Thursday 23 March 2017

Businessman Noel O'Gara fails to have Dartmouth Square agreement set aside

Tim Healy

BUSINESSMAN Noel O'Gara has failed in a bid to have a settlement agreement over ownership of Dartmouth Square in Dublin set aside by the High Court.

Mr O'Gara claimed he and his wife Naramon had been "conned" and "blackmailed" into signing the agreement last July whereby they handed over a lease and title deeds for the Ranelagh square which is to be put up for sale at an Allsops auction next Tuesday (December 4).

He also claimed a liquidator to his company, Marble and Granite Tiles Ltd, had conspired with Dublin City Council to frighten off potential buyers of the square whereby the council has been allowed to act as caretaker of the square pending the sale. He said Allsops had set a reserve price of €140,000 on the two-acre square when Mr O'Gara's own valuer had estimated it at a "rock bottom" €300,000.

Today, Ms Justice Mary Finlay Geoghegan rejected Mr O'Gara's application to set aside the settlement on grounds of an alleged fraud. She said no evidence had been presented to the court to back up his claims.

She also found there was no evidence of fraudulent misrepresentation by the liquidator over the agreement which had been made on consent between the parties. The liquidator, Tom Murray, strongly denied all of Mr O'Gara's claims.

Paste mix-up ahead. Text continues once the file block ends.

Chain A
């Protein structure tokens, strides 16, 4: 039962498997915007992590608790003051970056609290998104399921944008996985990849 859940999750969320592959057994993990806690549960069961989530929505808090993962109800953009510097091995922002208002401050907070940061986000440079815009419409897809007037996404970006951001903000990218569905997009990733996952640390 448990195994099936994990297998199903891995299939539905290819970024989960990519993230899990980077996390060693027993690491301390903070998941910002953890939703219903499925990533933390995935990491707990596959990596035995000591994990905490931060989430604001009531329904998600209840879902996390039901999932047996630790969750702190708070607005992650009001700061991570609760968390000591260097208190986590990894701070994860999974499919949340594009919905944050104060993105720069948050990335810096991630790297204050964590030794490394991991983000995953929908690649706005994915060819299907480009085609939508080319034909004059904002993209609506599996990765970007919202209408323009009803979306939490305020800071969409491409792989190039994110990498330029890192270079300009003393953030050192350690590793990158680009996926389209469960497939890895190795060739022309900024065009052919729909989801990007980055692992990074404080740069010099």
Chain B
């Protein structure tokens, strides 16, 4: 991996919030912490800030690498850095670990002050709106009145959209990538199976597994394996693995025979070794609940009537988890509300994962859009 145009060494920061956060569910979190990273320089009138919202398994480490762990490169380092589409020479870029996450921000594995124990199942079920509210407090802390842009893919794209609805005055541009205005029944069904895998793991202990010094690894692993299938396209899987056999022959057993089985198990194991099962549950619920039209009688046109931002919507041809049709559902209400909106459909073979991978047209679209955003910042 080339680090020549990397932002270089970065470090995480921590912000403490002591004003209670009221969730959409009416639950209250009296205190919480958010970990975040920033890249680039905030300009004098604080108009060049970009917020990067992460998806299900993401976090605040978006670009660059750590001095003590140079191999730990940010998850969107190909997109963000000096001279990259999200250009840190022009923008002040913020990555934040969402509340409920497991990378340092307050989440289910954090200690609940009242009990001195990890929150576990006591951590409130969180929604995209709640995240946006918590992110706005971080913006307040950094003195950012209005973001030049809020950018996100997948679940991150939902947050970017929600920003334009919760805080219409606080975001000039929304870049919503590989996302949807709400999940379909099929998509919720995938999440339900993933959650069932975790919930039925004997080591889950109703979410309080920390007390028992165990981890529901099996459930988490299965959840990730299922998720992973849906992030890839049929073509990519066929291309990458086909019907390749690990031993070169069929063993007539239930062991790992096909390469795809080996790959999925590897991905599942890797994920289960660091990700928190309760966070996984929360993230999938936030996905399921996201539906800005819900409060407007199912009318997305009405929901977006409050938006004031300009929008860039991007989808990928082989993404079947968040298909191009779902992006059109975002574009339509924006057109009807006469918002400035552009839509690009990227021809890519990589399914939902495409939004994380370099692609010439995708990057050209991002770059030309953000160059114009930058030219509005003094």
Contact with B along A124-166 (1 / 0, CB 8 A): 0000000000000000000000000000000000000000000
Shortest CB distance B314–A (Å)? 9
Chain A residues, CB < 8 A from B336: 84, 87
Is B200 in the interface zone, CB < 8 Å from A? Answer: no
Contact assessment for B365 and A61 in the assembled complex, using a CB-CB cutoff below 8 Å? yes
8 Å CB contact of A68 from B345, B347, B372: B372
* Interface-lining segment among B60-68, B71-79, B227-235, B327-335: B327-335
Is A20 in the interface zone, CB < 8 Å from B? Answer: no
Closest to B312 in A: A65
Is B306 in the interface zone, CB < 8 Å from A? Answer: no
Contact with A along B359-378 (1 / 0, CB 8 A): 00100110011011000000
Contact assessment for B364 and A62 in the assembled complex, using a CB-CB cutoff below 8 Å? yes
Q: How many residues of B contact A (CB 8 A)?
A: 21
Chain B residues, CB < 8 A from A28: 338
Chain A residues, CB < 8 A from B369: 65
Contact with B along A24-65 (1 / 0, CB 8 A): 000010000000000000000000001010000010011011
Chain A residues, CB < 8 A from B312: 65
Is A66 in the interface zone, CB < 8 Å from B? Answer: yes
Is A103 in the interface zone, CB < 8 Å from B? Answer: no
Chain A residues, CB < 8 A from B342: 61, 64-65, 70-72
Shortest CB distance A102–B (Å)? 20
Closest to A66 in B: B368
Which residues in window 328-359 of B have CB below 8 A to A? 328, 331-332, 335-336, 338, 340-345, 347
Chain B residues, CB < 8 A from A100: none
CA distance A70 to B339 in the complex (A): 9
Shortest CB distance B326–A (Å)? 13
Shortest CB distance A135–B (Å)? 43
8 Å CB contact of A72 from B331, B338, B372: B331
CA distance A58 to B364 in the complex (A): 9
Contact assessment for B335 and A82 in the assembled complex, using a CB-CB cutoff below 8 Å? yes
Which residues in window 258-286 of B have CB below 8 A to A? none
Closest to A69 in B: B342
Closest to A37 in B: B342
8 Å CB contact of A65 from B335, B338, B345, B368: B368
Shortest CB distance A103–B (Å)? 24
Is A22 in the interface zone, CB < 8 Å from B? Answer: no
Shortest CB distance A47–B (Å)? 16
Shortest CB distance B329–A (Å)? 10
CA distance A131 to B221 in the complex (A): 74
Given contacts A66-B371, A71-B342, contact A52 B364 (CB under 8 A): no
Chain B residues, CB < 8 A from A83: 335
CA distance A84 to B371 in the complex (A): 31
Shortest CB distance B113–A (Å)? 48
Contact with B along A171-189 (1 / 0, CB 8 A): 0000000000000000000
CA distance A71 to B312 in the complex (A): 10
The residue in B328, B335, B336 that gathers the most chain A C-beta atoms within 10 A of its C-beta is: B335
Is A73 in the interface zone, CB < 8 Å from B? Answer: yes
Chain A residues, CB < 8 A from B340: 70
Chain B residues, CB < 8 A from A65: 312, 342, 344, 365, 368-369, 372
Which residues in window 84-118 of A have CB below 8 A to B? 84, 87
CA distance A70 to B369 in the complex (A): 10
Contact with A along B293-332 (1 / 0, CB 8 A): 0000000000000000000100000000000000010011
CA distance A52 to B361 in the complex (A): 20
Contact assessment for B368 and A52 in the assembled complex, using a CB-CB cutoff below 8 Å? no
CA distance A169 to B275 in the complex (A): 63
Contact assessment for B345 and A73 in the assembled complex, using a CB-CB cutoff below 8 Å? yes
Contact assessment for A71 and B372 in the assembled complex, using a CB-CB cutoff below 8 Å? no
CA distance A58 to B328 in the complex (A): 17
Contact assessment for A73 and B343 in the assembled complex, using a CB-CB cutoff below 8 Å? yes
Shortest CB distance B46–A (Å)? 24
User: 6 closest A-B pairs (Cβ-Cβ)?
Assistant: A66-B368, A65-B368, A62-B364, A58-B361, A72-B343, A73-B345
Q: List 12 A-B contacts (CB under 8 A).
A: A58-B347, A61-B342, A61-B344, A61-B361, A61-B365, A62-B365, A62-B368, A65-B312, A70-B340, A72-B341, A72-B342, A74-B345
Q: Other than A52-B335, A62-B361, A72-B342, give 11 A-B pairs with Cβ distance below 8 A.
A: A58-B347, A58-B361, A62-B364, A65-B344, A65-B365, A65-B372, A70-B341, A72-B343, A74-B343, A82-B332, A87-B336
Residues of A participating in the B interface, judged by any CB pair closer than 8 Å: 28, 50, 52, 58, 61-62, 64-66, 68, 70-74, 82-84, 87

The court heard Mr O'Gara had previously used Dartmouth Square, which he bought the freehold interest in, as a tiles sales outlet and as a car park which led to legal actions by Dublin City Council against him and his company.

He faced a legal costs bill of €43,000 arising out of these actions which was not paid and the council successfully filed a petition to liquidate the company in July 2009.

Mr Murray of Friel Stafford took over as official liquidator last March and set about paying off the company's debts through the sale of its only asset, Dartmouth Square.

In an affidavit read out to the court today by Mr O'Gara, he claimed the council owed him €500,000 for two premises it had compulsorily acquired from him and for which he still had not been compensated. Had they done so, he would have been able to discharge the €43,000 debt.

He said in 2008, he had required hospitalisation for life-threatening heart surgery and, for the benefit of his wife, he decided to give her the lease on Dartmouth Square, which had been held by the company.

Last April, Mr Murray wrote to Mrs O'Gara giving her 14 days to surrender the lease of the square and threatening she would face the legal costs of an application to the High Court if she didn't accede to his demands, Mr O'Gara said.

Mr O'Gara said he only signed the settlement agreement outside the doors of the court last July "after relentless pursuit using threats of blackmail and fraud" in which the liquidator and his legal advisers used the legal process "to break me."

Michael O'Sullivan BL, for the liquidator and his solicitor, said there was no evidence to back up these claims and the O'Gara's had "freely entered" into the agreement. The liquidator said in an affidavit he was shocked and appalled by the claims and insisted he had at all times acted in the best interests of the company and interested parties.

Ms Justice Finlay Geoghegan said there was nothing in the agreement which could be taken as inferring the perpetration of a fraud before it was signed.

The judge, who had to tell Mr O'Gara on a number of occasions not to bring in extraneous matters such as arguing nobody was above the law by showing a copy of the Sun with a headline about the the jailing earlier this week of Judge Heather Perrin, awarded costs against him.

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